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State of the Debate
George Pyle
George Pyle has been a newspaper writer in Kansas, Utah, Upstate New York, and now Utah again, for more than 30 years - most of it as an editorial writer and columnist. Now on his second tour of duty on The Salt Lake Tribune Editorial Board, he has also done a stretch as a talk radio host, published a book on the ongoing flaws of U.S.agricultural policy and, in 1998, was a finalist for the Pulitzer Prize for Editorial Writing. His most active bookmarks are Andrew Sullivan, Christopher Hitchens and Tina Brown. And he still thinks the Internet can be used for intelligent conversation and uplifting ideas.

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Extension of remarks: Obamacare shouldn’t Obamacave ...

So a bunch of folks, including Bill Clinton, tell Barack Obama to keep his If-you-like-you-health-plan-you-can-keep-it promise. And he does, sorta.

So a bunch more folks don’t like that:

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Sub-par health policies didn’t deserve rescue — Salt Lake Tribune Editorial

"This is one time when Bill Clinton should have kept his mouth shut.

"Despite the eloquent explainer-in-chief’s assistance in getting Barack Obama re-elected president last year, the 42nd president (who hopes to be the husband of the 45th president) really put his foot in it the other day when he agreed with the Chicken Little chorus of voices saying that the Affordable Care Act shouldn’t have canceled a few million insurance-in-name-only policies.

"So, under huge pressure not just from those long sworn to frustrate his every move, but also from his fellow Democrats, Obama caved in and allowed non-compliant policies to be extended for another year.

"That was at least as big a mistake as the whole If-you-like-your-insurance-you-can-keep-it mess. ..."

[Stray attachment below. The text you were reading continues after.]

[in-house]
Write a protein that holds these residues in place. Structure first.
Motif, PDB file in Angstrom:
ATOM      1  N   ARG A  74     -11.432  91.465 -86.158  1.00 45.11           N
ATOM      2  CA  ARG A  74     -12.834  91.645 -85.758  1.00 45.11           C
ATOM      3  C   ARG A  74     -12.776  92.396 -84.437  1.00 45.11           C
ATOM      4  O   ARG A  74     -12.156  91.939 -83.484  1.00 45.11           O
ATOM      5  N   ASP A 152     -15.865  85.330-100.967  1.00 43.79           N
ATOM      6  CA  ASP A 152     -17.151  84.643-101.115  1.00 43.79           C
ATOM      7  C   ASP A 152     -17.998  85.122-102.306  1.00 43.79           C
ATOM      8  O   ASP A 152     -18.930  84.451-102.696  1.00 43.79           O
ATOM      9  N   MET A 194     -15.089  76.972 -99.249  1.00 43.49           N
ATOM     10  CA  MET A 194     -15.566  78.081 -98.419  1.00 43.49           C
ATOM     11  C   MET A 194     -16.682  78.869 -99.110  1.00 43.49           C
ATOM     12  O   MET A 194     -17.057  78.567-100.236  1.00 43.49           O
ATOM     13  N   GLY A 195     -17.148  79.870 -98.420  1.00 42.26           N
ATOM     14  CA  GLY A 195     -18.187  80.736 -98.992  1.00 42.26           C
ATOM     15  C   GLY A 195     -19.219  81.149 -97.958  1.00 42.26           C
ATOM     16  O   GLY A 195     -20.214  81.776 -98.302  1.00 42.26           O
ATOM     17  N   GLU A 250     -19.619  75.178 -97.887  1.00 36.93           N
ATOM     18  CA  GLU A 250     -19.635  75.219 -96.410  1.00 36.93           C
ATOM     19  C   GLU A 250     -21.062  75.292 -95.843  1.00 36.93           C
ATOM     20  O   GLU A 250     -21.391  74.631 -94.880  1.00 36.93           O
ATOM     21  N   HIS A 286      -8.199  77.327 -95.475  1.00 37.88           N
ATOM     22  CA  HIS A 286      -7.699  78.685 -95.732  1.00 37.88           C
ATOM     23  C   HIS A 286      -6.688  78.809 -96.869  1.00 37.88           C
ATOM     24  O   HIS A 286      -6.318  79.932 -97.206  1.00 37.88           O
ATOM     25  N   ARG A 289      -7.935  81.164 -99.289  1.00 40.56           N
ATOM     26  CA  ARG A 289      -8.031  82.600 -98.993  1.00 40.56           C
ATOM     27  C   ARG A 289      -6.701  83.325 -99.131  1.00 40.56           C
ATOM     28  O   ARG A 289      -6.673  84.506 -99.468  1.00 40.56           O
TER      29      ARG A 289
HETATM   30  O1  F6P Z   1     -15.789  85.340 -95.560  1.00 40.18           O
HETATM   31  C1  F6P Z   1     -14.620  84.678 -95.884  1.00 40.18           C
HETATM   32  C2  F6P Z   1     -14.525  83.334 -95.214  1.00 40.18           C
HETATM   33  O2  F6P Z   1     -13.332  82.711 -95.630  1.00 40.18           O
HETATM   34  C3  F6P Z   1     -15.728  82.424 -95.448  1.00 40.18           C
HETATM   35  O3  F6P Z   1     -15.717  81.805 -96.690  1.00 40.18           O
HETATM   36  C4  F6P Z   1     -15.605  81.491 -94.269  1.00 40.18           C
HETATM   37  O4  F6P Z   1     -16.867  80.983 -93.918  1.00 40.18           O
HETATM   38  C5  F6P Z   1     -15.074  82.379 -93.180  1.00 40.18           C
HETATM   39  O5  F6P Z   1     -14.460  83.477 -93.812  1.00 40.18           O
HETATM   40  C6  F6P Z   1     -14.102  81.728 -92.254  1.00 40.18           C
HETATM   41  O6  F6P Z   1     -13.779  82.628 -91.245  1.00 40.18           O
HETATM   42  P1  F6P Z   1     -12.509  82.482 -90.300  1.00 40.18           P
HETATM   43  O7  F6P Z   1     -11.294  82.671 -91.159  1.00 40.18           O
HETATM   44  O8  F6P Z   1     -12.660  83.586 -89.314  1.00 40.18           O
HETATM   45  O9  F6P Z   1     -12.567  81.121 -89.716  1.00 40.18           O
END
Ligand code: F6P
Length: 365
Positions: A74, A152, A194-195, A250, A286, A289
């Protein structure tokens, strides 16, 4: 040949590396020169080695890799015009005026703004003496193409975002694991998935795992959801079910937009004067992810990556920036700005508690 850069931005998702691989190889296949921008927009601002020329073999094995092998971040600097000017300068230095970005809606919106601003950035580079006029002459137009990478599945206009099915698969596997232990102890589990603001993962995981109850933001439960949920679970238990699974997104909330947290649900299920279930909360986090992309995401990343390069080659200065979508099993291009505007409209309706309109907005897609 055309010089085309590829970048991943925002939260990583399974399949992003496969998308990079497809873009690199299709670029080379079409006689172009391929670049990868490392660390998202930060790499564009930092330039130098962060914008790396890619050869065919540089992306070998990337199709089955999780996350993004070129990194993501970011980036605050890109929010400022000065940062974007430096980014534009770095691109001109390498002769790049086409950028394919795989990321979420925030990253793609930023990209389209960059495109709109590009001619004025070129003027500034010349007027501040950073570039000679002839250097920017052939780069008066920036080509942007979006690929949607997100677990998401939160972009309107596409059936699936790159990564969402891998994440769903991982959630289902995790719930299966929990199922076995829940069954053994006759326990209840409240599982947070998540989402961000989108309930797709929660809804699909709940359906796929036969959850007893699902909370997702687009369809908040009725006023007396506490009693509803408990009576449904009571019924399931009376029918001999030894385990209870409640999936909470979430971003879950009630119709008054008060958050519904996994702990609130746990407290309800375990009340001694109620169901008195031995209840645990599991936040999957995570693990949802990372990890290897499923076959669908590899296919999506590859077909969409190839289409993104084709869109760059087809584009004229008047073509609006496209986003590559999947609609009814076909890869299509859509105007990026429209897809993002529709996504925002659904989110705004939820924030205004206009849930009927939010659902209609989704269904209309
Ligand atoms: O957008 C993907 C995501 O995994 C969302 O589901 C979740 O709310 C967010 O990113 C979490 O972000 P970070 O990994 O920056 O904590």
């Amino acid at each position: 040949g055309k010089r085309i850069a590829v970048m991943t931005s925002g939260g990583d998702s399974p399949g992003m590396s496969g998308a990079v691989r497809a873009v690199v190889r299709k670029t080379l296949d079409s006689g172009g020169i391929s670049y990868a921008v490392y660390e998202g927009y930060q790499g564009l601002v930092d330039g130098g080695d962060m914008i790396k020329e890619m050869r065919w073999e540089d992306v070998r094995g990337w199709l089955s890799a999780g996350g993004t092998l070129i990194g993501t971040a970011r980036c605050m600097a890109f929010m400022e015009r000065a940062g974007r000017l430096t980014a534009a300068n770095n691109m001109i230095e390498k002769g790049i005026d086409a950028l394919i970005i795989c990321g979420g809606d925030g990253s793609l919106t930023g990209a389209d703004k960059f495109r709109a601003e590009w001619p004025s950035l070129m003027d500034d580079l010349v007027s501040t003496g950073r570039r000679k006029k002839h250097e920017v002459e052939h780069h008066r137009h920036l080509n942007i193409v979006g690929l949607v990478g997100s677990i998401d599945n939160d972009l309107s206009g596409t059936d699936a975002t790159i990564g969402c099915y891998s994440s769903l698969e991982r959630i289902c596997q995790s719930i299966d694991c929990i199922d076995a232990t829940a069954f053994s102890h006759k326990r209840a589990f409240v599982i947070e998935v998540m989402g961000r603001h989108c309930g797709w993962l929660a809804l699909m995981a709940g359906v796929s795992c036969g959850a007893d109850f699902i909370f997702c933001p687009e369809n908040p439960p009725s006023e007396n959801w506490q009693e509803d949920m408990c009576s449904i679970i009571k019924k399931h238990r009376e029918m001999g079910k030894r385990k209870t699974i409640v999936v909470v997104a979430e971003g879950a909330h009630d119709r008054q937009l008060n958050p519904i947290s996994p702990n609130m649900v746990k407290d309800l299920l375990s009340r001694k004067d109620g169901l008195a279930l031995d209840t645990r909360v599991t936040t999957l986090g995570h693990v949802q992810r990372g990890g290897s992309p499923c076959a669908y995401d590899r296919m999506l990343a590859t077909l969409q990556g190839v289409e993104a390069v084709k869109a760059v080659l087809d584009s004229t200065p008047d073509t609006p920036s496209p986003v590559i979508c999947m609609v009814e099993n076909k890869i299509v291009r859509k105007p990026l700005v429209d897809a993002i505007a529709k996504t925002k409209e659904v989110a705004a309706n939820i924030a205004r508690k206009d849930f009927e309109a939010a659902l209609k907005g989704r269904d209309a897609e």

Washington state right to forge ahead with health policies — Seattle Times Editorial

"Washington state Insurance Commissioner Mike Kreidler’s decision not to extend old health insurance policies is the right one. The state has done the hard work on its health exchange and should not slow down."

Kicking Obamacare’s problems down the road — Los Angeles Times Editorial

"Allowing people to keep their current policies for another year, even if the coverage falls short of the law’s requirements, is a desperate attempt to fulfill a promise Obama never should have made."

Related:

­— Quality health care will bring down costs — Robert Bennett | For the Deseret News

"... Part D has surprised everyone by costing significantly less than was projected when it was passed. (How many government programs do you know of where that has been true?) Those of us who supported it believed that the wider use of drugs, for which Medicare previously did not pay, would help many older patients avoid more expensive treatment in hospitals, for which Medicare has always paid. We predicted that Part D would produce a net cost saving, and there is a significant amount of anecdotal evidence that says we were right. ..."

Insurance’s forgotten lesson is that we all help each other — Des Moines Register Editorial

"The health reform law has many benefits — from ending insurance company practices that are anti-consumer to expanding Medicaid to cover more people. One benefit is being overlooked: Americans are finally learning how insurance works. ..."

Governors: How we got Obamacare to work — Jay Inslee, Steve Beshear And Dannel P. Malloy | Special to The Washington Post

"In our states - Washington, Kentucky and Connecticut - the Affordable Care Act, or "Obamacare," is working. Tens of thousands of our residents have enrolled in affordable health-care coverage. Many of them could not get insurance before the law was enacted.

"People keep asking us why our states have been successful. Here’s a hint: It’s not about our websites. ..."

Hurricane Katrina killed more than 1,800. Obamacare’s Web site doesn’t work yet. Stop comparing them. — Ezra Klein | Wonkbook | The Washington Post



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